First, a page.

Die Beacon Chain spielt eine tragende Rolle frü Ethereum 2.0.

This link is known as sharding and each of these blockchains is referred to as a shard. Currently, a total of 64 of these shards are planned to be developed and partially released in the course of 2021. The advantage of this solution is that certain interactions can be handled on a shard and the actual Ethereum blockchain is only needed to record the status of things and finalize agreements.

Shards will also play a role in merging Ethereum’s old blockchain with the new one. Since they are two completely different blockchains, the current blockchain will later be linked to the new one as a shard.

Beacon-Chain Kicks Things Off

As you can easily see from these many different development steps, Ethereum 2.0 is a pretty extensive project. In addition to the planning, which already spanned throughout all of 2019, the so-called Beacon Chain was given the go-ahead on December 1st, 2020. The prerequisite for its launch was finding at least 16,384 validators who would transfer a total of 524,288 ETH to the ETH2 smart contract.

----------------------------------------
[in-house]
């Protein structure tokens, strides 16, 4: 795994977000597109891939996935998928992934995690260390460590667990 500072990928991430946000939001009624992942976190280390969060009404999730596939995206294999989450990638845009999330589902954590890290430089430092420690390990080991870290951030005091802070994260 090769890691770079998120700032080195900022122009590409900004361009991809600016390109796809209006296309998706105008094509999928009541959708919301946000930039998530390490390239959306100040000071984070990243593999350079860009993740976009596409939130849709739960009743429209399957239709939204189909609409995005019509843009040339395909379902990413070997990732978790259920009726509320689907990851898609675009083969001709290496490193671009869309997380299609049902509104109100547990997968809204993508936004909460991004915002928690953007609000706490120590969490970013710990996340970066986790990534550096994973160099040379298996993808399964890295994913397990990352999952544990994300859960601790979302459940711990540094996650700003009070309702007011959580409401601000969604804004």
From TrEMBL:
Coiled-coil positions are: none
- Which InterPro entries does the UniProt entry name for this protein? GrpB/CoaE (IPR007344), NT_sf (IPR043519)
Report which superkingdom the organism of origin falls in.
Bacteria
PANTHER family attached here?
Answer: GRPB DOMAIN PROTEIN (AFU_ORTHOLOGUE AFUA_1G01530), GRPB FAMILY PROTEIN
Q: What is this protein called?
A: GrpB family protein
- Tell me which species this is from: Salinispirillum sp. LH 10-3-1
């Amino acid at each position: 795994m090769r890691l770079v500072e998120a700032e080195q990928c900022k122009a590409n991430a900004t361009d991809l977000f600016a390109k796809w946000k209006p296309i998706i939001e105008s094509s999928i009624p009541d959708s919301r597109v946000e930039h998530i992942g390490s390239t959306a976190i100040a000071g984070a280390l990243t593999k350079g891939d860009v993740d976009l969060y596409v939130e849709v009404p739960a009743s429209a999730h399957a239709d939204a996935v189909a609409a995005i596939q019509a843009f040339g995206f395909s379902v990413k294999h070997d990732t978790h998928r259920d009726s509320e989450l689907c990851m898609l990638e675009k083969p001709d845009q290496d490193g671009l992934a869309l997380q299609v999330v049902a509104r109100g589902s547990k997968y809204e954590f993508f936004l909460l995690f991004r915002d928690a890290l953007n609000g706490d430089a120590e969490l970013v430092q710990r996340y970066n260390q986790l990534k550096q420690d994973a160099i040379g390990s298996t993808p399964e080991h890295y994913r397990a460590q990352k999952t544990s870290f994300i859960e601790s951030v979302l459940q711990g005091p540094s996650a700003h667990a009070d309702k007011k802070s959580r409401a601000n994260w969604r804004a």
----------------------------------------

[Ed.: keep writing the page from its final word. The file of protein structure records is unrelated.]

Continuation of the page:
The Beacon Chain starts by introducing staking and will change as Ethereum 2.0 develops. For example, it cannot handle smart contracts, but is used to introduce shards and staking. The old blockchain still needs to be merged via sharding and the first shards are expected in 2021.

Finally, smart contracts will also become part of Ethereum 2.0. However, the so-called “Ethereum Virtual Machine” will have to be polished before that. Therefore, Ethereum 2.0 will remain a hot topic in the coming years even after the Beacon Chain launches – it will be interesting to observe how the planned developments unfold.

Conclusion: ETH Will Remain ETH, Be Technically Improved, and Be Ready for the Future

It is worth noting that for the average Ethereum user, nothing will change on the surface. Ethereum will stay Ethereum – even in the BISON app. The changes that will take place involve the technical foundations of the ETH blockchain, i.e. the infrastructure that executes, verifies, and documents transactions. New processes will be used to enhance the ETH blockchain – making it faster, cheaper, and more reliable.